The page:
‘India, Pakistan should focus on posterity’

Updated August 30, 2013

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ISLAMABAD, Aug 29: Policymakers in both India and Pakistan need to change their traditional attitude towards each other and look forward to the future generation.

This was stated by Raj Chengappa, an eminent Indian journalist and the editor-in-chief of the Tribune Group of Newspapers India while addressing the fifth round of Jinnah Institute’s Distinguished Speaker Series here on Thursday.

Mr Chengappa, who is also the former managing editor of ‘India Today’ and the author of “Weapons of Peace: The Secret Story of India's quest to be a Nuclear Power”, criticised successive governments in both countries for not taking the dialogue process seriously.

“The cost of abandoning a constructive Indo-Pak dialogue is perilously high,” Mr Chengappa said, adding that both countries were wasting their energy on useless ventures.

He said the two major counties of South Asia (India and Pakistan) had been enveloped in their own historical narratives, but the time had come to change this tradition.

The lecture titled ‘Indo-Pak Relations: New Beginnings, Old Endings?’ witnessed discussion by senior journalists from India who discussed the similarities between both countries.

Mr Chengappa said both Pakistan and India enjoyed a massive youth bulge, an exploding middle-class and a sizeable market. However, he then steered towards the harsh realities faced by ordinary citizens of both counties.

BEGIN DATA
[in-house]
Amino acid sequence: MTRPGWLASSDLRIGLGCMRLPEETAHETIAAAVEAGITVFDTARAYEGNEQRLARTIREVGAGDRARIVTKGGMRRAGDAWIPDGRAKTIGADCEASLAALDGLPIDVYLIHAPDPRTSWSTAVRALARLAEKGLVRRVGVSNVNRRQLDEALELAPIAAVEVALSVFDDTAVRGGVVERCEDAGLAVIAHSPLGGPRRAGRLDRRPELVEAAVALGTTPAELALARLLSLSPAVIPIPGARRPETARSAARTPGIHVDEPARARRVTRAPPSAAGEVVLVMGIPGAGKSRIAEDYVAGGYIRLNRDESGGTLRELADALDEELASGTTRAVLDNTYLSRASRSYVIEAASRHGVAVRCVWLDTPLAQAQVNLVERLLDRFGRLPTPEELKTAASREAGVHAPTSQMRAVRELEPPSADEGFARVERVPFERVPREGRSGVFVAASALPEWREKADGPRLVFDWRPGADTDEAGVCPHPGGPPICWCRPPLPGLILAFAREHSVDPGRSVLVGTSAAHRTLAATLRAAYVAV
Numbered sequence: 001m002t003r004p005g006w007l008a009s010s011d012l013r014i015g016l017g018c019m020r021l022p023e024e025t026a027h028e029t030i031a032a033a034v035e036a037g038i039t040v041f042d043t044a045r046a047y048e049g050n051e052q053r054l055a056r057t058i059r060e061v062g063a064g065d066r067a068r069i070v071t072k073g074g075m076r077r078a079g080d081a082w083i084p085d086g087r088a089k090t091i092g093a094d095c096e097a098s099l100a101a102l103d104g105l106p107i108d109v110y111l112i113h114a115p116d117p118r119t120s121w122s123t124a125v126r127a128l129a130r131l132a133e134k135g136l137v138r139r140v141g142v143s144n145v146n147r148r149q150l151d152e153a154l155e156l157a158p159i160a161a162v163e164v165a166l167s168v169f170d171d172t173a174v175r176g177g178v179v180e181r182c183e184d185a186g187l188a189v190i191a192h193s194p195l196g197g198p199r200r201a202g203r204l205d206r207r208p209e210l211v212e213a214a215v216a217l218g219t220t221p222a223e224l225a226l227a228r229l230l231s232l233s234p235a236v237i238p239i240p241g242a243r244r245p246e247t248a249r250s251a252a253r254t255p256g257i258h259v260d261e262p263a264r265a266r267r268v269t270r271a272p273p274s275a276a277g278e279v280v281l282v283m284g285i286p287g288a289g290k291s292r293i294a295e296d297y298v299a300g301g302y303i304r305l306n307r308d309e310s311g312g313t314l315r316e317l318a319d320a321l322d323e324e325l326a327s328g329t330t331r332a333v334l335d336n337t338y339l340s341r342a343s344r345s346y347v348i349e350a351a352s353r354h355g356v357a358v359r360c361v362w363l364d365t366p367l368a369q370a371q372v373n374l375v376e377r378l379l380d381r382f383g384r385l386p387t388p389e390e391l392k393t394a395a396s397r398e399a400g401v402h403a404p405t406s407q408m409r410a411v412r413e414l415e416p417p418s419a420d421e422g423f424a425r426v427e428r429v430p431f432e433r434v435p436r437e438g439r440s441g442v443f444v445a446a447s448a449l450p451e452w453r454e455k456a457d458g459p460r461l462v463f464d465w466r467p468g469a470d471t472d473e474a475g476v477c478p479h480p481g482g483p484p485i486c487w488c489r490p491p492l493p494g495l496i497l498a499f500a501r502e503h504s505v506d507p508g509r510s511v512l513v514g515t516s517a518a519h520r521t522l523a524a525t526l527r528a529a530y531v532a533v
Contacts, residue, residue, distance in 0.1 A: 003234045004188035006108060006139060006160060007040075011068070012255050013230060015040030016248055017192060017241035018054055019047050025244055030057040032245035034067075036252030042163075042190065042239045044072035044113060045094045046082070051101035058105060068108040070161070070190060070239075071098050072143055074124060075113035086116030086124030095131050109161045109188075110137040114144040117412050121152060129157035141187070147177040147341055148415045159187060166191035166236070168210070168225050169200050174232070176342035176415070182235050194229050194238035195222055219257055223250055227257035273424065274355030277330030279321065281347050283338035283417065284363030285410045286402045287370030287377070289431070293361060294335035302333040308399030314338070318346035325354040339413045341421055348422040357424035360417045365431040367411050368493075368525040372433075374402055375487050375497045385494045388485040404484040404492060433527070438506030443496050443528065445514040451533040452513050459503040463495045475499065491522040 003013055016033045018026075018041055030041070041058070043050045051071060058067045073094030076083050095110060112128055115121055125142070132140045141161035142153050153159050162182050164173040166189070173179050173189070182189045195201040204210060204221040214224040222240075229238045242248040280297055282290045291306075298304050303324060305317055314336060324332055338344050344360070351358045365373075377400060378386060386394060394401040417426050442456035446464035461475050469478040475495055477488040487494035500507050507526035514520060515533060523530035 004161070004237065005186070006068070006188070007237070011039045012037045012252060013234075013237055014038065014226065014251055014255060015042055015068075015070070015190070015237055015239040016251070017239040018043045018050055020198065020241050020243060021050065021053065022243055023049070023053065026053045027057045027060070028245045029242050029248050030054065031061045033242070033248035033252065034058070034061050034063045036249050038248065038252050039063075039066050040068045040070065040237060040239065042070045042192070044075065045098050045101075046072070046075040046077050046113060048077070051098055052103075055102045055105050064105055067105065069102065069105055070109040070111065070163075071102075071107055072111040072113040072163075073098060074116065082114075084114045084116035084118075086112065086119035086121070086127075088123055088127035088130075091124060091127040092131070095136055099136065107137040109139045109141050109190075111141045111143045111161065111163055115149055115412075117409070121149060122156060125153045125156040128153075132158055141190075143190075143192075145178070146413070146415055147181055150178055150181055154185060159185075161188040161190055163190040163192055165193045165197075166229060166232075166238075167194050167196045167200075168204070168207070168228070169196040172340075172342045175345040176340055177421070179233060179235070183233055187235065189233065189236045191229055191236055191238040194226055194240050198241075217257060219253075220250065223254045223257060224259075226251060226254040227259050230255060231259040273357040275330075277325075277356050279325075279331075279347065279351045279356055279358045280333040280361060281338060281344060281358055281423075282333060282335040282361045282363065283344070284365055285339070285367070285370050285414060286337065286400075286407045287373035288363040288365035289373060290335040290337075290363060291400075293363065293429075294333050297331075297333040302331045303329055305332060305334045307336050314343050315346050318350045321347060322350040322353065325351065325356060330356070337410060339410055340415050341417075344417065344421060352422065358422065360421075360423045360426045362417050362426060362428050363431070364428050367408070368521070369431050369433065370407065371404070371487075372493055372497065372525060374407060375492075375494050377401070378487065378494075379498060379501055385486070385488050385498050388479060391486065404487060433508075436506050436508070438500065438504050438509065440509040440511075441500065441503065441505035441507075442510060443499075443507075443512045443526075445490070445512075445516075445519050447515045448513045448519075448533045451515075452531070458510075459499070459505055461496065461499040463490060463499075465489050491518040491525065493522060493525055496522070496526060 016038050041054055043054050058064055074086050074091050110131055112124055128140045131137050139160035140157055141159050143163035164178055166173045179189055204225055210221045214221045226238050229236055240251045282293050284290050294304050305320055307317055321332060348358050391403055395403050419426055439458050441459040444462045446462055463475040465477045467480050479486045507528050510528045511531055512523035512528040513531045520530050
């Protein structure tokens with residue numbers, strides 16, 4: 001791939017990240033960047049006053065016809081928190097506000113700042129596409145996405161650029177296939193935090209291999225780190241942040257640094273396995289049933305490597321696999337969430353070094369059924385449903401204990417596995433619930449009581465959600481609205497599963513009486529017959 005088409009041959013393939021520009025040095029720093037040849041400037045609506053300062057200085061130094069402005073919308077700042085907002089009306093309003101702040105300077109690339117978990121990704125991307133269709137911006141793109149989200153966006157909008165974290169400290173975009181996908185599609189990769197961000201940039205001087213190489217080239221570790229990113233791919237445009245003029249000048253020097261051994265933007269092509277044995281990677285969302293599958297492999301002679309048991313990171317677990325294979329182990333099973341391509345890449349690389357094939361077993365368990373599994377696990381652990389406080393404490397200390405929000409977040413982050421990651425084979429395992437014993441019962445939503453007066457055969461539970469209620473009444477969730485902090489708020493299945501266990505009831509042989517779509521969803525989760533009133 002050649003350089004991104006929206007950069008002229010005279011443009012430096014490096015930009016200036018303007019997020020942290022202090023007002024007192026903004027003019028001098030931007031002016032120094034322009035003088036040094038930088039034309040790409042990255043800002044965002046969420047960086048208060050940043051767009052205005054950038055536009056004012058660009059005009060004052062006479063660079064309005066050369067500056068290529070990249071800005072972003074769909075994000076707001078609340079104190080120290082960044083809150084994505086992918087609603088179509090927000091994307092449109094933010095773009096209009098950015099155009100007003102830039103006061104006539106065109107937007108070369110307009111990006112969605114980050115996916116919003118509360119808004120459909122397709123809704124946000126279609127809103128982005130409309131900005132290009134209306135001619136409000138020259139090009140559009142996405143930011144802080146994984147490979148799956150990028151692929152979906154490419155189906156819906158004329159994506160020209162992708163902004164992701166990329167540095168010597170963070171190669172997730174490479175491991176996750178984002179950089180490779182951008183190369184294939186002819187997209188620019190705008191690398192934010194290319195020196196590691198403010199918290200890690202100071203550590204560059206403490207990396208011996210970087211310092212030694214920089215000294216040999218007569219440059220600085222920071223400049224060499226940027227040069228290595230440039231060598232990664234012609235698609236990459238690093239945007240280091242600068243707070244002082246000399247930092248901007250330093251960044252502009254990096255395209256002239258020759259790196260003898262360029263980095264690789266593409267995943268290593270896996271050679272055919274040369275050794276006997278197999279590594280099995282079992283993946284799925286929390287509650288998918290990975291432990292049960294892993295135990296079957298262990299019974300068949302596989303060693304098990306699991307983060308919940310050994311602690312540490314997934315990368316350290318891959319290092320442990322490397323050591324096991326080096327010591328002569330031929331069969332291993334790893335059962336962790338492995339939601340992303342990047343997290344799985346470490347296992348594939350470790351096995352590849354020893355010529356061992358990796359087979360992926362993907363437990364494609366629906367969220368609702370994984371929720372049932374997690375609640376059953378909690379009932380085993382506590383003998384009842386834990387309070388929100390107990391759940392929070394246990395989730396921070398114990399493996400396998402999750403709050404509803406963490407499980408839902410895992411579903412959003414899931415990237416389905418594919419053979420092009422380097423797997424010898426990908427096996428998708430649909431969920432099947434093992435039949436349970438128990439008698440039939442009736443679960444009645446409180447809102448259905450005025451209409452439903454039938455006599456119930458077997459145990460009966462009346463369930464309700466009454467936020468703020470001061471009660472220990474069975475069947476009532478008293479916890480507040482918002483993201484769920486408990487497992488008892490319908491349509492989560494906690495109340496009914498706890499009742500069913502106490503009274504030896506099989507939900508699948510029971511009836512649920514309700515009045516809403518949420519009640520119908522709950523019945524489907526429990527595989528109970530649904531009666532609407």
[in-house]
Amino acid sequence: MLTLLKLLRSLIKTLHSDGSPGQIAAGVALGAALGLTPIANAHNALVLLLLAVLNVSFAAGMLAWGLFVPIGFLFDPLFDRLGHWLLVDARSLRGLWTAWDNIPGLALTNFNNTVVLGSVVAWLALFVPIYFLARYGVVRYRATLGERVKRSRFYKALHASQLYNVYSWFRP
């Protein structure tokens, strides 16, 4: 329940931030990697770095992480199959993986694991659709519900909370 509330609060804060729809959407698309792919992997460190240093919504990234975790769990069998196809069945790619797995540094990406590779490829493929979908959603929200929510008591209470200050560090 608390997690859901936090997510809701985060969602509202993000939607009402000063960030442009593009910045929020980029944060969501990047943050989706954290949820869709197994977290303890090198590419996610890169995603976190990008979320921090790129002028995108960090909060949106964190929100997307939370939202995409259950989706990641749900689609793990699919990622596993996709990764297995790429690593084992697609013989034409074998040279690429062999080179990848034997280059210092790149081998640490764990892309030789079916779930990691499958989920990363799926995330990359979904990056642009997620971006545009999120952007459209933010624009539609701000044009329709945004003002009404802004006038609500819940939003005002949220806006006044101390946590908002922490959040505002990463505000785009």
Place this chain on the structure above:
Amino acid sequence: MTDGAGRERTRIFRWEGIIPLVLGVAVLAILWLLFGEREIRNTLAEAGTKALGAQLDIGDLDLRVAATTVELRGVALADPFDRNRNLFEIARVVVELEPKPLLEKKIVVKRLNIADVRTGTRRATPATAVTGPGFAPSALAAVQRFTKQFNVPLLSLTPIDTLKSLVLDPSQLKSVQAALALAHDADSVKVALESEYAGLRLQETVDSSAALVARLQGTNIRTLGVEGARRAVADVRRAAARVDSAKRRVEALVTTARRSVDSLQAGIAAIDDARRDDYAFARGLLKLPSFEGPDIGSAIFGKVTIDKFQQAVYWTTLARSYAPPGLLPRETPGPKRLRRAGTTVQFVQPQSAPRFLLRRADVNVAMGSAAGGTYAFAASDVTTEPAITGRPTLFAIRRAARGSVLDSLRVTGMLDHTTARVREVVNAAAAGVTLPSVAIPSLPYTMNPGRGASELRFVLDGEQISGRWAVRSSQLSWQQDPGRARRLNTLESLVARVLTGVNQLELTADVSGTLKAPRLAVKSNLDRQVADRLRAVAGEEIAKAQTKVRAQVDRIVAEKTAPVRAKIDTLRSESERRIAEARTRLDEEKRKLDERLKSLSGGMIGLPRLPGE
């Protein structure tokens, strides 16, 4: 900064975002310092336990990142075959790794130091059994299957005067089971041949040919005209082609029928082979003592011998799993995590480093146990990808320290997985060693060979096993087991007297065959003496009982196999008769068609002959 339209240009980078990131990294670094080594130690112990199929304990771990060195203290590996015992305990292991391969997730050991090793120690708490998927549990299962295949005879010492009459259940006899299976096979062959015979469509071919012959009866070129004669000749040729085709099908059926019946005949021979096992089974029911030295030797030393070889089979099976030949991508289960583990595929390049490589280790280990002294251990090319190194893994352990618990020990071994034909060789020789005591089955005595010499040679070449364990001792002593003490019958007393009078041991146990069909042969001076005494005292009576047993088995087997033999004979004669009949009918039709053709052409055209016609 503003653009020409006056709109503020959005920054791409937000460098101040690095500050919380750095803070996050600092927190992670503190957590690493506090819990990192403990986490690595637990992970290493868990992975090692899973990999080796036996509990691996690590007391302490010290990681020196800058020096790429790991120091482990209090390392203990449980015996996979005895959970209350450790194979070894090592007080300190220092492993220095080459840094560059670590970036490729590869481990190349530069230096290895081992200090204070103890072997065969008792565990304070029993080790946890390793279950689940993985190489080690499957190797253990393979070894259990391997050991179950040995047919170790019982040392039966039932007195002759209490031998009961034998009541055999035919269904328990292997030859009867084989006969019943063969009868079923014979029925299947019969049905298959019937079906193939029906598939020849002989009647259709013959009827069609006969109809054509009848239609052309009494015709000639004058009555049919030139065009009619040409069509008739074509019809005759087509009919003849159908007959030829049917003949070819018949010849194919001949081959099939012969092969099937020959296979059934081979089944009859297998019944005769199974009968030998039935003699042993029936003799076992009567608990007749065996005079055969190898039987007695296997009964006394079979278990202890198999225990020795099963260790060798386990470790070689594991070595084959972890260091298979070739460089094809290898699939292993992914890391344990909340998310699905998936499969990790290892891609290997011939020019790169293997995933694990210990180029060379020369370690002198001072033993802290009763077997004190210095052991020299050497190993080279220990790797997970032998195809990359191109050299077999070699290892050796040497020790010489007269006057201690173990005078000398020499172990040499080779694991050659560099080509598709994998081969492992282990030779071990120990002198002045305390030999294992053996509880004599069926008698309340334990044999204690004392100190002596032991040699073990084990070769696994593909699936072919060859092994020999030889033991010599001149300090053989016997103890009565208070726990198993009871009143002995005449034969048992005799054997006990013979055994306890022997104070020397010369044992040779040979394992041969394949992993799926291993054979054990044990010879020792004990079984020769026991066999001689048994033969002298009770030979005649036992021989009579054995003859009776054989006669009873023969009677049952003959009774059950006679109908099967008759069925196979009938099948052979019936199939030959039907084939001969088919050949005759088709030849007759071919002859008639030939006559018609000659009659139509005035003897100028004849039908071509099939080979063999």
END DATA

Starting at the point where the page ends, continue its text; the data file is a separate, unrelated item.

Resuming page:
He said the economies of both South Asian countries required 10 percent growth rates and nothing less would suffice. “Such growth is not possible without peace,” he added.

The established Indian journalist also lashed out at hardliners in his native country and said he was firmly against those who argued that there should be no dialogue with Pakistan until progress was made in the Mumbai trials.

Mr Chengappa also elaborated upon various phases in the Indo-Pak relations and briefed participants about the causes of hostile relations. Towards the end, he said he was optimistic about the future prospects for peace between both counties.

“India and Pakistan moved from fighting to talking about fighting and then to fighting about talking. We can say things are moving in the right direction – it is not as if progress has not been made,” the senior journalist said.

He lauded Pakistan’s transition to democracy and expressed confidence in the new PML-N government to confront the country’s domestic challenges. “In my opinion, Prime Minister Nawaz Sharif seems to be more assured,” he added.

The Distinguished Speaker Series is a core part of Jinnah Institute’s Indo-Pak track-II diplomacy initiative. It aims to improve understanding of bilateral issues and increase public participation through people-to-people contact.